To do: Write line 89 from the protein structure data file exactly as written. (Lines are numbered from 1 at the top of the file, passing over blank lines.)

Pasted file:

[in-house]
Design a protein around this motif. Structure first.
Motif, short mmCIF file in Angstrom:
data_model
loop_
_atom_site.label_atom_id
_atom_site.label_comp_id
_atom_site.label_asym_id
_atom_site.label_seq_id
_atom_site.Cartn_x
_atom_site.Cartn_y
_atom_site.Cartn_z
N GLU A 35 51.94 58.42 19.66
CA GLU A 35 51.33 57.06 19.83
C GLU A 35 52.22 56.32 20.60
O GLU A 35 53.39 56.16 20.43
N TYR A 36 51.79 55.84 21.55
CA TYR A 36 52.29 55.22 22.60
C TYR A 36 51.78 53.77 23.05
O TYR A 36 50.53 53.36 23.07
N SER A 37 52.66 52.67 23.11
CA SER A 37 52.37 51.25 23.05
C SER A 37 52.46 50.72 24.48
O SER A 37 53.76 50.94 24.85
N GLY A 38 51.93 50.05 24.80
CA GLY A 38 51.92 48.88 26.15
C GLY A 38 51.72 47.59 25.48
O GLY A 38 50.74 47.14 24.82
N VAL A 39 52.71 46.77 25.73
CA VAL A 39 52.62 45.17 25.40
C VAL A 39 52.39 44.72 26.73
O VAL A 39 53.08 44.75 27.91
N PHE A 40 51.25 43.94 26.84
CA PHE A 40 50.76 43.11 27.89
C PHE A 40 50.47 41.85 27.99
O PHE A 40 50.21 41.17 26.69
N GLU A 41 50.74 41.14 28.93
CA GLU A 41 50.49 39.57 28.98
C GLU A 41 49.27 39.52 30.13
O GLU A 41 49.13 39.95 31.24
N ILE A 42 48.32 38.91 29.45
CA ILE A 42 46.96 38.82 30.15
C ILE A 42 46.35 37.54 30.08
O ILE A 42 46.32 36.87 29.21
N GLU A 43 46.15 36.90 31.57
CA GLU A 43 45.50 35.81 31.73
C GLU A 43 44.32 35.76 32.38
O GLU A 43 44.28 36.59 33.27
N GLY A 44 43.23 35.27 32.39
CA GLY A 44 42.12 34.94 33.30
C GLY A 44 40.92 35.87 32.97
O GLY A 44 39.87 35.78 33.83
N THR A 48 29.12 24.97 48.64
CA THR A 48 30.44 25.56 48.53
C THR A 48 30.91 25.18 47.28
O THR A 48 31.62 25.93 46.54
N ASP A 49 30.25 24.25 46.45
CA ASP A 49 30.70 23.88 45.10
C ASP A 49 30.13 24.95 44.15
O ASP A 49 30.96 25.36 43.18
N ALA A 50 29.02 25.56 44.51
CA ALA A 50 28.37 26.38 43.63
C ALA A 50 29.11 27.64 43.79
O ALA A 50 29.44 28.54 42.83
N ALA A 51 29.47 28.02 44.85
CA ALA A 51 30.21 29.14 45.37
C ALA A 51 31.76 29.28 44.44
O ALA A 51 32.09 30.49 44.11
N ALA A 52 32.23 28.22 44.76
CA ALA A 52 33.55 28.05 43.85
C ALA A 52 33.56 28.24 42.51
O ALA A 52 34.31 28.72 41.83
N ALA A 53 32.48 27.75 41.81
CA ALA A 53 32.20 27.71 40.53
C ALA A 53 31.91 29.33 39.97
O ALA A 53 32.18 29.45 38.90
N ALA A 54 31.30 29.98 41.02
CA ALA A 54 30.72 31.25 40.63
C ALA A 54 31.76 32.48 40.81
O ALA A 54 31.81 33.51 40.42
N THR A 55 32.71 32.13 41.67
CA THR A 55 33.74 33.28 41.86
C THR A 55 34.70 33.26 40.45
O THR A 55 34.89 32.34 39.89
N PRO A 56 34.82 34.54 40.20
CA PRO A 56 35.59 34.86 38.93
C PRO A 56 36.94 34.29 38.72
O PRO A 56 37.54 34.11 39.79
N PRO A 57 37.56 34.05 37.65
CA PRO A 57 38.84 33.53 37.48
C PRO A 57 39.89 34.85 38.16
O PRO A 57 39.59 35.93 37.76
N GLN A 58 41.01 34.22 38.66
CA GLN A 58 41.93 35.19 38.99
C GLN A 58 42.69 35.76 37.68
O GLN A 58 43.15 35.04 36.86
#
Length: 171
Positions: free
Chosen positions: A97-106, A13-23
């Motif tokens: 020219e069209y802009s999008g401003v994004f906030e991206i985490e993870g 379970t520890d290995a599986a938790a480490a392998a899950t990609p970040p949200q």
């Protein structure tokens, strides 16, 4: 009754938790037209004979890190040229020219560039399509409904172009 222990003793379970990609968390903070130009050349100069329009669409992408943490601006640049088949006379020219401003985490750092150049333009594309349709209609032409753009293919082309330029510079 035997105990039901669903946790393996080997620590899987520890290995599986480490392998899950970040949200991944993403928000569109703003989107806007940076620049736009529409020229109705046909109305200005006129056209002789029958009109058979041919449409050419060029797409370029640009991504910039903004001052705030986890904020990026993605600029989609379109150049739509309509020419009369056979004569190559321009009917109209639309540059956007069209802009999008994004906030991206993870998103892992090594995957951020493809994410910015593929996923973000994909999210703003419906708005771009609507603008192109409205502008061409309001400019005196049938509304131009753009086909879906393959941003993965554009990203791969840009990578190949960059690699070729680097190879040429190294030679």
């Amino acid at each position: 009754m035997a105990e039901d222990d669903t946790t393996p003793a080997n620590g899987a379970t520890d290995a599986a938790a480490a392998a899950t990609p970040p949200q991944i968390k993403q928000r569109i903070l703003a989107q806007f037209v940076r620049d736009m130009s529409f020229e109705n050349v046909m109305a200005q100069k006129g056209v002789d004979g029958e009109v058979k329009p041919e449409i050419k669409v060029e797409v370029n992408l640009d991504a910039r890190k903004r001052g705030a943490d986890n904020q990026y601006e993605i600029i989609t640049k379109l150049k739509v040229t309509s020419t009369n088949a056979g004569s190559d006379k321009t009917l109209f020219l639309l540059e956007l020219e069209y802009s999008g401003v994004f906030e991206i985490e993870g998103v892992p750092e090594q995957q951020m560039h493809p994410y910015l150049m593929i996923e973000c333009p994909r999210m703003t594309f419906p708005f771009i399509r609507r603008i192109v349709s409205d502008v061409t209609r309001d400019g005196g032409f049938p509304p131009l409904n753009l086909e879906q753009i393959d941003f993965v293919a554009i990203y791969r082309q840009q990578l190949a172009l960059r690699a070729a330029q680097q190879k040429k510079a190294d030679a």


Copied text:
N PRO A 57 37.56 34.05 37.65